- No major overhaul for Atlanta, but the Hawks did acquire Saddiq Bey without touching any of their rotation pieces. Every team needs big wings who can shoot, and that’s exactly what Bey (80 percent rostered) can provide, but he’ll do so in a reduced role from the one he enjoyed in Detroit. That will probably be enough to make him a cut candidate, as his value was built on volume, and it will probably also drag down Bogdan Bogdanovic (68 percent rostered), who was already scuffling before this trade. Bogey made just two of 12 shots in the win over the Suns, with two assists being his only other non-goose-egg on the evening. A good move for the Hawks but no joy for fantasy managers.
Chicago Bulls vs. Brooklyn Nets
- Chicago surprisingly stood pat at the deadline, deciding to languish on the path of expensive mediocrity. Outside of their Big Three, fantasy value has been tough to come by for the Bulls. The next best bet is Alex Caruso (40 percent rostered) who is basically just a steals specialist. He managed one in 30 minutes off the bench last night, while also grabbing seven boards and making all four of his foul shots to score six points. He can round out the end of your bench if you don’t need help anywhere else, or you can stream him for stocks if you so choose.
- Sorry if you missed the run on Cam Thomas (up to 78 percent rostered), who scored 20 points yet again. The Nets now have an army of 3-and-D wings to complement their…wait, what’s that? They have no stars left? Guess that means Thomas and fellow new (old-?)-comer Spencer Dinwiddie will feast on shots galore while setting their teammates up for three-point opportunities. Keep an eye on how the rotation shakes out. If he gets the requisite minutes, Dorian Finney-Smith could still be a useful asset. He notched nine points last night in 35 minutes, hauling in nine rebounds as well (45 percent rostered).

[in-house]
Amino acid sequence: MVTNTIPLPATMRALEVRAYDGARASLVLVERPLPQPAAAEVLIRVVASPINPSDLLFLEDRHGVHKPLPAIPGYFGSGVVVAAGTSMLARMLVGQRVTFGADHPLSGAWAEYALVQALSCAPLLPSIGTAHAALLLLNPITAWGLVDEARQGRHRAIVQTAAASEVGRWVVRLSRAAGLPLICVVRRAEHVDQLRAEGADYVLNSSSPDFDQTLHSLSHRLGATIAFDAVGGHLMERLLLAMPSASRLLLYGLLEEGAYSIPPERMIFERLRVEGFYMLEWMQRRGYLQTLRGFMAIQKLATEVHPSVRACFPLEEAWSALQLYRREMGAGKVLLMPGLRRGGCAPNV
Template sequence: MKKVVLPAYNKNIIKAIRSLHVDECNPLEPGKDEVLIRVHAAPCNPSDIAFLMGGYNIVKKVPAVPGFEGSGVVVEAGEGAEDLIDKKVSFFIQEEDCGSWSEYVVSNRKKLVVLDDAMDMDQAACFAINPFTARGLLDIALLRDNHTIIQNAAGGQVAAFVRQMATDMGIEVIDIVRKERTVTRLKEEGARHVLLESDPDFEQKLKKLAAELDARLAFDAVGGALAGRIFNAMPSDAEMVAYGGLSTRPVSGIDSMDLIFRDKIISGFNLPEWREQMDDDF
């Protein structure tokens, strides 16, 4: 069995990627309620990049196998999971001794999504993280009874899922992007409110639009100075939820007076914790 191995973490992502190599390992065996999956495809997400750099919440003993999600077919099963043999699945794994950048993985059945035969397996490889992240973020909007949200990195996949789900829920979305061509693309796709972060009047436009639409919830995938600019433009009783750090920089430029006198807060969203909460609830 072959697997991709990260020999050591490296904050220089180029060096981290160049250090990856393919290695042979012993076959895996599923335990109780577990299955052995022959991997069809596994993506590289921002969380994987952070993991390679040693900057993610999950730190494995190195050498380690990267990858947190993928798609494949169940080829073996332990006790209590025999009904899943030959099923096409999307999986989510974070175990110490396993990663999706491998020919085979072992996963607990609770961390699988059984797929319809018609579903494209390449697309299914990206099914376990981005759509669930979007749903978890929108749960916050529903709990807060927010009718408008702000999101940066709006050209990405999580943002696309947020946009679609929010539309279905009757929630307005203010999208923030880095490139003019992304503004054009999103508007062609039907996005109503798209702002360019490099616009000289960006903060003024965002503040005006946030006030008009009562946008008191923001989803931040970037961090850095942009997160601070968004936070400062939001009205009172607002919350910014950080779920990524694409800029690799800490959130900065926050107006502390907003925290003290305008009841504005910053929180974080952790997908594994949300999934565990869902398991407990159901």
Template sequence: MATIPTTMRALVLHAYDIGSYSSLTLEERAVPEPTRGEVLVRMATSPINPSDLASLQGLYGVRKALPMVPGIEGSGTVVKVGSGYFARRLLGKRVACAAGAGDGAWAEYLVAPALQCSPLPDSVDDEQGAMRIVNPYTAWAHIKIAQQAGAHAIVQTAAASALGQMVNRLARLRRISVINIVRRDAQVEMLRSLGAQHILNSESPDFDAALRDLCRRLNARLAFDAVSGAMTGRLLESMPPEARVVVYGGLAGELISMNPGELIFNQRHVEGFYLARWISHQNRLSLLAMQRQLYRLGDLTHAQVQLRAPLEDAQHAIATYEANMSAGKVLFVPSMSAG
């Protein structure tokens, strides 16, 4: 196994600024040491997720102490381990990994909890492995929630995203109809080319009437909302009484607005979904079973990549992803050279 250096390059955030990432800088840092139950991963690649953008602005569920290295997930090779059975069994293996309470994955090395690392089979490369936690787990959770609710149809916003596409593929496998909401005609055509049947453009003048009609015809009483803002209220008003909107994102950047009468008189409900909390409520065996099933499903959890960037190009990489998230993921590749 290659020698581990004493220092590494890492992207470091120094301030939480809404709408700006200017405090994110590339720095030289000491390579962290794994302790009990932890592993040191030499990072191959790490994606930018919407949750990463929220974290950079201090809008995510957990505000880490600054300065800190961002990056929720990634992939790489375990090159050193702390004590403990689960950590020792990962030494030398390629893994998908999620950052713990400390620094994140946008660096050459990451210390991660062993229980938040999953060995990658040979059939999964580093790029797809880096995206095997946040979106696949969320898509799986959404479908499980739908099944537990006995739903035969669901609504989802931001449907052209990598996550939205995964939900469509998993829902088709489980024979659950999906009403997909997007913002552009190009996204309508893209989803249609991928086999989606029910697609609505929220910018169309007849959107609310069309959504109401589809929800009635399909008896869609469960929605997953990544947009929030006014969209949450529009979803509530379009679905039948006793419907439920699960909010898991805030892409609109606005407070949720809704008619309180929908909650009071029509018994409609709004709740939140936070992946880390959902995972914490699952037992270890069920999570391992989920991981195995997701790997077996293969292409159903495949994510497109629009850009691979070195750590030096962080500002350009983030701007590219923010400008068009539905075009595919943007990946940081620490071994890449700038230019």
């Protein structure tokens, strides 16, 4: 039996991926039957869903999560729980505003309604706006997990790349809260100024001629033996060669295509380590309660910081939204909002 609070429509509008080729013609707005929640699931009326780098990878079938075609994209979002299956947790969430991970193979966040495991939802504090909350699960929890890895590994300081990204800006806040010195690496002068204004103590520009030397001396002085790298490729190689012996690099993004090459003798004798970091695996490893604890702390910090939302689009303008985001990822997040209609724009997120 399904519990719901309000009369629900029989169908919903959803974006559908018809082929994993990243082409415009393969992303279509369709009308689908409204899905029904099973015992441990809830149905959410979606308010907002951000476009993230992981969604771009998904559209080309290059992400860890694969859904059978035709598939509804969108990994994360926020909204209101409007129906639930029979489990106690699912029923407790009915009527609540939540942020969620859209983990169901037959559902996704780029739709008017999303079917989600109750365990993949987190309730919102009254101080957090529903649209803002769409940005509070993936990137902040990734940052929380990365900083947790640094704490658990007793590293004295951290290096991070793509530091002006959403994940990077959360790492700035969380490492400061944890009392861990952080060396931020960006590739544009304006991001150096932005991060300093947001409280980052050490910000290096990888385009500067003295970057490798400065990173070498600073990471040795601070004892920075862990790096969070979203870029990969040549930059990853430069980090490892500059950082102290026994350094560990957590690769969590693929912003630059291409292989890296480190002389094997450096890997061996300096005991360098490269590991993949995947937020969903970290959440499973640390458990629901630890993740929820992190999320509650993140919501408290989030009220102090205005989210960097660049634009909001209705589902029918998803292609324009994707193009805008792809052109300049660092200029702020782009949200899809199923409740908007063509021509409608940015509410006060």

Milwaukee Bucks vs. LA Lakers
- Milwaukee added a playoff-hardened vet to their collection of wings with the acquisition of Jae Crowder—who ought to be left on the wire for now. Who knows where Crowder is at conditioning-wise, but once he ramps up and carves out a role, it’s probably curtains for Grayson Allen‘s fantasy value too. With the wing rotation getting more diluted, an expected reduction in Allen’s minutes—even a slight one—pushes him out of even the streaming conversation outside of very deep leagues. Allen received a start against the Lakers, attempting all 11 of his shots from beyond the arc and connecting on four of them (19 percent rostered) in 28 minutes played.
- The Lakers took a chainsaw to their roster, completely reshaping it on the fly with several incoming pieces expected to factor heavily into the rotation. While we wait to see exactly how the new recruits will be deployed, LA’s sudden depth of competent players likely signals the conclusion of the Dennis Schroder renaissance. Schroder had regained some of his mojo since assuming a starting position with the Lakers, and shined brightly last night against the Bucks. He amassed 25 points on 10-for-17 from the field, while handing out 12 assists against zero turnovers in 34 minutes of action. Was it enough to keep his healthy supply of playing time coming? Probably not (32 percent rostered).